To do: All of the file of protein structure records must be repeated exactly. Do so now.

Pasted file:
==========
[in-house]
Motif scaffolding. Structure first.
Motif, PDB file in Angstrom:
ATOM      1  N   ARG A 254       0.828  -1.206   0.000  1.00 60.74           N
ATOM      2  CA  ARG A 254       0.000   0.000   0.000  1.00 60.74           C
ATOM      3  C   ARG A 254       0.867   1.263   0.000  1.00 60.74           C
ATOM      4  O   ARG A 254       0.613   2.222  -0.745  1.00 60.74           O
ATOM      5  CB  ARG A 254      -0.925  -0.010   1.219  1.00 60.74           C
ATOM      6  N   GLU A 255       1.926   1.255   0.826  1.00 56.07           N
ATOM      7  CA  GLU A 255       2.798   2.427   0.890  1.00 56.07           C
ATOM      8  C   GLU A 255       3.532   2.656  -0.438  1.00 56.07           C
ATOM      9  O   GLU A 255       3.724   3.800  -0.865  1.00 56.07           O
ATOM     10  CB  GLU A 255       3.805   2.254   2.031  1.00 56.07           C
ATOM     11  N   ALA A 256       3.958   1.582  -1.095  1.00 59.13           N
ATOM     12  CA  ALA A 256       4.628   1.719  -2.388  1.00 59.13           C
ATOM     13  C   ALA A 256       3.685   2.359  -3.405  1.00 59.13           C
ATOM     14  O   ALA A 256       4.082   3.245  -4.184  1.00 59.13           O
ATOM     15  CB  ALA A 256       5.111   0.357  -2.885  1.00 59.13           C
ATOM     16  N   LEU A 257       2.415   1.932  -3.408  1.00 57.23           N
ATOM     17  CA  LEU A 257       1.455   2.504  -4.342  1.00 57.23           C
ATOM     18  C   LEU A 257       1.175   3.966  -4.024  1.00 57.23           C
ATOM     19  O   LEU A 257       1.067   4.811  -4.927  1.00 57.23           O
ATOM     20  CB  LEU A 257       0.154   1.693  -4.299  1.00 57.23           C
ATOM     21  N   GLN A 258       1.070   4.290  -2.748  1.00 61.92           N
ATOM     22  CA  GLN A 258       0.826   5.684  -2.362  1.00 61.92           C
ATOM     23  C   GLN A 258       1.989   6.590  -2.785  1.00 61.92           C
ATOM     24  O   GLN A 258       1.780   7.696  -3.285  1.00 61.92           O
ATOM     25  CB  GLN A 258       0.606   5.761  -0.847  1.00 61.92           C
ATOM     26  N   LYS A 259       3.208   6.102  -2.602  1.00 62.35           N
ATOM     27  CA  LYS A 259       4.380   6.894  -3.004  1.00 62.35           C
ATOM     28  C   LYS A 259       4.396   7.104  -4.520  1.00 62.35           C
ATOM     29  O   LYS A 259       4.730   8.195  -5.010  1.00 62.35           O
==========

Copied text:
[in-house]
Motif scaffolding. Structure first.
Motif, PDB file in Angstrom:
ATOM      1  N   ARG A 254       0.828  -1.206   0.000  1.00 60.74           N
ATOM      2  CA  ARG A 254       0.000   0.000   0.000  1.00 60.74           C
ATOM      3  C   ARG A 254       0.867   1.263   0.000  1.00 60.74           C
ATOM      4  O   ARG A 254       0.613   2.222  -0.745  1.00 60.74           O
ATOM      5  CB  ARG A 254      -0.925  -0.010   1.219  1.00 60.74           C
ATOM      6  N   GLU A 255       1.926   1.255   0.826  1.00 56.07           N
ATOM      7  CA  GLU A 255       2.798   2.427   0.890  1.00 56.07           C
ATOM      8  C   GLU A 255       3.532   2.656  -0.438  1.00 56.07           C
ATOM      9  O   GLU A 255       3.724   3.800  -0.865  1.00 56.07           O
ATOM     10  CB  GLU A 255       3.805   2.254   2.031  1.00 56.07           C
ATOM     11  N   ALA A 256       3.958   1.582  -1.095  1.00 59.13           N
ATOM     12  CA  ALA A 256       4.628   1.719  -2.388  1.00 59.13           C
ATOM     13  C   ALA A 256       3.685   2.359  -3.405  1.00 59.13           C
ATOM     14  O   ALA A 256       4.082   3.245  -4.184  1.00 59.13           O
ATOM     15  CB  ALA A 256       5.111   0.357  -2.885  1.00 59.13           C
ATOM     16  N   LEU A 257       2.415   1.932  -3.408  1.00 57.23           N
ATOM     17  CA  LEU A 257       1.455   2.504  -4.342  1.00 57.23           C
ATOM     18  C   LEU A 257       1.175   3.966  -4.024  1.00 57.23           C
ATOM     19  O   LEU A 257       1.067   4.811  -4.927  1.00 57.23           O
ATOM     20  CB  LEU A 257       0.154   1.693  -4.299  1.00 57.23           C
ATOM     21  N   GLN A 258       1.070   4.290  -2.748  1.00 61.92           N
ATOM     22  CA  GLN A 258       0.826   5.684  -2.362  1.00 61.92           C
ATOM     23  C   GLN A 258       1.989   6.590  -2.785  1.00 61.92           C
ATOM     24  O   GLN A 258       1.780   7.696  -3.285  1.00 61.92           O
ATOM     25  CB  GLN A 258       0.606   5.761  -0.847  1.00 61.92           C
ATOM     26  N   LYS A 259       3.208   6.102  -2.602  1.00 62.35           N
ATOM     27  CA  LYS A 259       4.380   6.894  -3.004  1.00 62.35           C
ATOM     28  C   LYS A 259       4.396   7.104  -4.520  1.00 62.35           C
ATOM     29  O   LYS A 259       4.730   8.195  -5.010  1.00 62.35           O